Tag Archives: Eagle Bluffs

Eagle Bluffs, 6 May 2017

Chris N. at Eagle Bluffs:
“Both the 250 and 257 buses will take you close to the Baden Powell trailhead near Horseshoe Bay. The 250 will get you closer but is slower and the route is windy (not good if you get car-sick easily). The 257 drops you at the ferry. From here, walk towards the long-term parking lot and follow the sidewalk around to the right. This turns into a trail which takes you to an overpass. Cross over and walk 200 m south to the trailhead. With a fast group of hikers, we made it to the Donut Rock fork in an hour. This trail isn’t as clear as the main one but the only tricky spot is crossing Nelson Creek before the serious climbing starts. Stay low and look for the trail heading straight up after the second branch of the stream. The trail is well marked from here and steep. We encountered snow patches at 920 m and continuous snow at 980 m. The snow was reasonably firm and neither snowshoes or microspikes were needed. Donut Rock was reached in 2.5 hours from the trailhead. From here, we continued up to reach the junction with the main trail and headed south to Eagle Bluffs (much better views than Donut Rock). There’s no snow from the bluffs all the way down the main trail. Flagging on the boulder field was patchy – just head straight down. Return time to the ferry was under 7 hours including 2 hours of lounging at viewpoints.”

Eagle Bluffs, 28 Mar 2016

Colleen C. at Eagle Bluffs:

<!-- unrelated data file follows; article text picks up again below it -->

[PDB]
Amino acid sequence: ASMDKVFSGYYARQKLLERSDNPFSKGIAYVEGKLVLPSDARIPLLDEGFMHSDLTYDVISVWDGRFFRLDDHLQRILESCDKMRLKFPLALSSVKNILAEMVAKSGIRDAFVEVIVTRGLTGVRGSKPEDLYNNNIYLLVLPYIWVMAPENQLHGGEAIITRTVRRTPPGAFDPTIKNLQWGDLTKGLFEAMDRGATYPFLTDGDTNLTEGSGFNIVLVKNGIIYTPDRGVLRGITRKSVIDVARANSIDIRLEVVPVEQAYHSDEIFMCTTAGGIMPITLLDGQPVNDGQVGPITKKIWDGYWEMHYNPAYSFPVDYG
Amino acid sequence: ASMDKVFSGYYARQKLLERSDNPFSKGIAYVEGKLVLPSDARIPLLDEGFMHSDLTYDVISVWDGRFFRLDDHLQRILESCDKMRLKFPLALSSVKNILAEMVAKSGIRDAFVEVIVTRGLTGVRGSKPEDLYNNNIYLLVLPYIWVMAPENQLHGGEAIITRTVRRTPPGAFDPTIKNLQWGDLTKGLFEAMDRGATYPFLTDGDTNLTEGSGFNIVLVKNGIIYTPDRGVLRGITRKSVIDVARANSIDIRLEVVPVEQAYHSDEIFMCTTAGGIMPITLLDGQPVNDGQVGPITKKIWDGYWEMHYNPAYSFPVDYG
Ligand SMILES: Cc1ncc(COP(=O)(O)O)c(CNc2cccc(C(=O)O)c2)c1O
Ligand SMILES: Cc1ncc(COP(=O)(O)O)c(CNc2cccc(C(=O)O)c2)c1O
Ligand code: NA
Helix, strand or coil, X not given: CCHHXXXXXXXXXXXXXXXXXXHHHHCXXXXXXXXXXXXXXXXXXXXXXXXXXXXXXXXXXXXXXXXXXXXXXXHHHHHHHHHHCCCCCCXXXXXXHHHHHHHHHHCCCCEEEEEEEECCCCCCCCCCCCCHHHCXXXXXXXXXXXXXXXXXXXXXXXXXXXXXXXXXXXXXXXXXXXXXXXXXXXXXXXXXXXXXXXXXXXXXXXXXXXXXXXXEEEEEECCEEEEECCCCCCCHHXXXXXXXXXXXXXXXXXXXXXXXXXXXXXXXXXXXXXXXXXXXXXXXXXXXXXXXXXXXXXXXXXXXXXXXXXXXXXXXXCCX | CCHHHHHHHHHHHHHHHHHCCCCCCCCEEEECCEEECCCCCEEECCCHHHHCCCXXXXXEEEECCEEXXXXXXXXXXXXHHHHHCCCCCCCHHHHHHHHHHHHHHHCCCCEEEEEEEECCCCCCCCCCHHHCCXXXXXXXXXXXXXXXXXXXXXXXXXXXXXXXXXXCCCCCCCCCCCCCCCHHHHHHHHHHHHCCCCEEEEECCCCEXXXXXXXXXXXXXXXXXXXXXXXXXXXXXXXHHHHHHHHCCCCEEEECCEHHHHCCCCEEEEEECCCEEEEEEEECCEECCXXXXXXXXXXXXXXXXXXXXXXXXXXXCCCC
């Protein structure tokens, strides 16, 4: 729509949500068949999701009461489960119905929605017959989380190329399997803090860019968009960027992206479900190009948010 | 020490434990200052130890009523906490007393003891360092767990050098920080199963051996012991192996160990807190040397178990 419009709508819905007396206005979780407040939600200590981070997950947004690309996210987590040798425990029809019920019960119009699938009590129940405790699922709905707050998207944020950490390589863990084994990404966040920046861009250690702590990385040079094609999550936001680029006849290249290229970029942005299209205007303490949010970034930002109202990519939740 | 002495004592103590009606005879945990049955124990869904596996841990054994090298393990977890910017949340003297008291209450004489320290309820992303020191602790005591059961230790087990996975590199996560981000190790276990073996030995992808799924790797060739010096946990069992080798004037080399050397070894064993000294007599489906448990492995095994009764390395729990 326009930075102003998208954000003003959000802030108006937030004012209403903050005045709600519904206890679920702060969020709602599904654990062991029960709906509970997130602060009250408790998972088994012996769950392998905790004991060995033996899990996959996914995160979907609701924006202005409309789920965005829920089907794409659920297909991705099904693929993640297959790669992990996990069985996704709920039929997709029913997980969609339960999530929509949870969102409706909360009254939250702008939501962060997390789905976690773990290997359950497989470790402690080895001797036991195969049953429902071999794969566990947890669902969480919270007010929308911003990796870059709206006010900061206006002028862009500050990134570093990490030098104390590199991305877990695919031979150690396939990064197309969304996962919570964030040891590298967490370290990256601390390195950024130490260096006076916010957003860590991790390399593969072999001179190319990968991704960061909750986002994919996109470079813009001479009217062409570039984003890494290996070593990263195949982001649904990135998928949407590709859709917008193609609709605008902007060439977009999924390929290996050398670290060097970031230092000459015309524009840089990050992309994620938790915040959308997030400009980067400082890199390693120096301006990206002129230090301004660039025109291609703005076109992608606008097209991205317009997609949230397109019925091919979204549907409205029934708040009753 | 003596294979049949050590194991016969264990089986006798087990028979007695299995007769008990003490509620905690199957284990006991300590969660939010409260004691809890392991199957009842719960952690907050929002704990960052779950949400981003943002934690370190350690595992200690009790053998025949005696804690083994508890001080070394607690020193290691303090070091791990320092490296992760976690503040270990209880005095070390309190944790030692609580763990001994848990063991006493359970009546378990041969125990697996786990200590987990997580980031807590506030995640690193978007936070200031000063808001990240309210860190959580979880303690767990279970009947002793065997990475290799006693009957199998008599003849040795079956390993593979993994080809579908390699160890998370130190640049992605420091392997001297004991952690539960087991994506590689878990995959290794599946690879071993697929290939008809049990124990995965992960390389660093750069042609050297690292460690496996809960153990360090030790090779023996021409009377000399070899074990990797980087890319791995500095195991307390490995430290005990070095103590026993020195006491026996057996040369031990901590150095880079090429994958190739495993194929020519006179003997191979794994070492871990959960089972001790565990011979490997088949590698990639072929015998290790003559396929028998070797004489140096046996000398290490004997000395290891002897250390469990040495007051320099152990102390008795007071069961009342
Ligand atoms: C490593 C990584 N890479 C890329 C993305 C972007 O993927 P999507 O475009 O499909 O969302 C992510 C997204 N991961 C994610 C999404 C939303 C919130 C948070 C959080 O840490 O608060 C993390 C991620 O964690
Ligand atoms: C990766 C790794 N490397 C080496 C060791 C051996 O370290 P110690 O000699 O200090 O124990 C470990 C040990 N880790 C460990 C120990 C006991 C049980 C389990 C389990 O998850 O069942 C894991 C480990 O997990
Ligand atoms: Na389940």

“Glorious day to be on a mountain – spring is certainly upon us!

The air was cool through the forest on the way up, keeping the sweat at bay, but was balmy on top. No biting bugs out yet so we basked comfortably in the sun enjoying the views of the tankers, islands, ferries, and several eagles & ravens gliding in the thermals. Lots of grouse are out, and we saw a snail!

There were only tiny patches of snow in a few sheltered spots at the bluffs (just enough for snowballs but you had to work at it). We met one person who had come from the Cypress side, she reported little snow and just wore boots. That said, there are recent reports of heavy snow on other North Shore peaks, so do your best to get current info and be prepared. Spring can be capricious!

This was my first time doing this hike by transit and it worked out well. Take the 250 or 257 to the overpass just before descending into Horseshoe Bay. From there it’s a careful crossing of Horseshoe Bay Dr and short walk back to the Black Mountain trailhead.”

Eagle Bluffs, 7 Feb 2016

Colleen C. at Eagle Bluffs:
“Maybe it’s because I’ve spent a lot of time lately in snowy mountains, but the greens of the forest here seemed particularly vibrant.

We did, quite suddenly, hit snow at about 750 m (where the boulder fields start). We continued up another 50 m or so but it was a bit of a slog moving up through knee-deep moist snow on top of loose rocks so we found a lunch spot (nice views of Horseshoe Bay and the islands) and then headed back down.

We ended up driving (thanks Susanne!) but this is a good transit hike.”

Eagle Bluffs 08/10/11

Stephen H. at Eagle Bluffs:
“Five of us set off under cloudy skies (but no rain!) for a hike on Black Mountain. We hit the Yew Lake Lookout, Black Mountain summit, Eagle Bluff, and Donut Rock. Conditions were good if a little muddy along the trail. No snow yet. A pair of ravens kept us company at lunch on the bluff. The rough route to Donut Rock was a worthy diversion, though the most we could make out was maybe a fritter. Black Mountain is beautiful in the fall, and the hike was a great six hours.”

Hiking to Donut Rock

Eagle Bluffs 10/10/09

Su-Laine on Eagle Bluffs:
“Holy, is the summit of Black Mountain ever a good place for a nap. Six of us were treated to a day of ideal conditions for hiking up the Baden Powell trail from the highway to Eagle Bluffs. No snow, no ice, and minimal mud were encountered. We liked it so much that we continued the 45 minute trip to the top for the aforementioned siesta amongst the mountaintops and Howe Sound views.”